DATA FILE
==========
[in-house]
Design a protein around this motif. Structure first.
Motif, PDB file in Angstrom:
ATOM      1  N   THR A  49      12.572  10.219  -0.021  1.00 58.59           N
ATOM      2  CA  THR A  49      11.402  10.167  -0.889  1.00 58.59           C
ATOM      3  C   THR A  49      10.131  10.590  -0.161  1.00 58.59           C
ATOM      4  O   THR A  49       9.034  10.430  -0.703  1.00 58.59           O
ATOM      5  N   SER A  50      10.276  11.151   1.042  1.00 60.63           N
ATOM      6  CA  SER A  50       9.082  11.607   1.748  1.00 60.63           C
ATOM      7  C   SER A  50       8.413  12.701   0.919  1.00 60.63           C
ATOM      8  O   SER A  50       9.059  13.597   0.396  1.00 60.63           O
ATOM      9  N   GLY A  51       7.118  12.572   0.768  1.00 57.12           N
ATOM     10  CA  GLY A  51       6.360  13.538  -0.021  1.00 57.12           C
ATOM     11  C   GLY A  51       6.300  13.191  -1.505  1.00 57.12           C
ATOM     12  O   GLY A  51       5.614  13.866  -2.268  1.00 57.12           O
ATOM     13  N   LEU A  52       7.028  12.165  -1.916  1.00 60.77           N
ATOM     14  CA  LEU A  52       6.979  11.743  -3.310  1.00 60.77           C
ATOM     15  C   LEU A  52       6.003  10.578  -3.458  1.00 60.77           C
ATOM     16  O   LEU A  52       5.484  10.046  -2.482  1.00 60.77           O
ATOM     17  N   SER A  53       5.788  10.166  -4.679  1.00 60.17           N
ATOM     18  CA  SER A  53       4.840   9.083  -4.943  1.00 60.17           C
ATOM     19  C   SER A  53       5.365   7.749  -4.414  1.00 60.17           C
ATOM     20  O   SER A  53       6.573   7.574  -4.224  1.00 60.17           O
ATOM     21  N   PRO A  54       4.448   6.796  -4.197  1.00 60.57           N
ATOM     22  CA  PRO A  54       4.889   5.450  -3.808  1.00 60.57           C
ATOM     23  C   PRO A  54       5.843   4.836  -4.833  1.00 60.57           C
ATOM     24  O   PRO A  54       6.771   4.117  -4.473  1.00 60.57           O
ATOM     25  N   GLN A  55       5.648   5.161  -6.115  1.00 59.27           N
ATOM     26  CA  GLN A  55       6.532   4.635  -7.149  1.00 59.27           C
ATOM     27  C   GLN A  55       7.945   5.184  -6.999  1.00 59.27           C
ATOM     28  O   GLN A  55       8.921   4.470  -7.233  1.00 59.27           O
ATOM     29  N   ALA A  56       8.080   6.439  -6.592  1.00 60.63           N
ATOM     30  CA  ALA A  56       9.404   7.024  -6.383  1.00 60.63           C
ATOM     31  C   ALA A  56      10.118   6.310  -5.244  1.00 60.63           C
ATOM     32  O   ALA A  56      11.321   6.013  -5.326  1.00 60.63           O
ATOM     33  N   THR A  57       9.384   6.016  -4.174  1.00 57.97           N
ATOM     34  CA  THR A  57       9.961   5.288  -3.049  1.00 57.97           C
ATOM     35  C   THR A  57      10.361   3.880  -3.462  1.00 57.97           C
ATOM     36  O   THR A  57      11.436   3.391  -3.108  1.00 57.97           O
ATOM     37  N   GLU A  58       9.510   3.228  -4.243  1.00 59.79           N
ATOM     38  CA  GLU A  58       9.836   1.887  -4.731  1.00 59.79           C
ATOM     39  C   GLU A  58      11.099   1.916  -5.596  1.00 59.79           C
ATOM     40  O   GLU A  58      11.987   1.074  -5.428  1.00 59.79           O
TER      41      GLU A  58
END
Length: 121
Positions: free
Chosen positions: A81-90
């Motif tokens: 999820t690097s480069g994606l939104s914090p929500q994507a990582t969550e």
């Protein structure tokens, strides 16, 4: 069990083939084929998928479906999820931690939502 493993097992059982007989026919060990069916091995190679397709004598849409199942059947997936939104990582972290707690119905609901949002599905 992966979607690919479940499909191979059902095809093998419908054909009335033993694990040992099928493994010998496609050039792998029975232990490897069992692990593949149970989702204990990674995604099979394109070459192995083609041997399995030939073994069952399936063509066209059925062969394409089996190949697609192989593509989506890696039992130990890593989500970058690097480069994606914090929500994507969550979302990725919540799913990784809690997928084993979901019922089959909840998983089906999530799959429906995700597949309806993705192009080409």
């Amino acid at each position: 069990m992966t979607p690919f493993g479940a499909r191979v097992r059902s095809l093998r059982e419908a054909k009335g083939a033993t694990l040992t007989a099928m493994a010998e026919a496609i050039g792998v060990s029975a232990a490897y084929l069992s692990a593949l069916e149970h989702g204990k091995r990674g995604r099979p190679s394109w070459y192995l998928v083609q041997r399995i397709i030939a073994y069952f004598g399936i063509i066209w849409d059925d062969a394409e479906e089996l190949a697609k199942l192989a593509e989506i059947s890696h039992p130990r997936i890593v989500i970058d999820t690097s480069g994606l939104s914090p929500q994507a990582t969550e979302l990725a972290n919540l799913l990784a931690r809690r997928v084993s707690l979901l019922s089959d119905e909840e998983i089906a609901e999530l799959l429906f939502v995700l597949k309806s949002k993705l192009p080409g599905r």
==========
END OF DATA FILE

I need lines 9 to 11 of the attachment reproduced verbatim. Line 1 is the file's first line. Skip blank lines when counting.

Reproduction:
ATOM      6  CA  SER A  50       9.082  11.607   1.748  1.00 60.63           C
ATOM      7  C   SER A  50       8.413  12.701   0.919  1.00 60.63           C
ATOM      8  O   SER A  50       9.059  13.597   0.396  1.00 60.63           O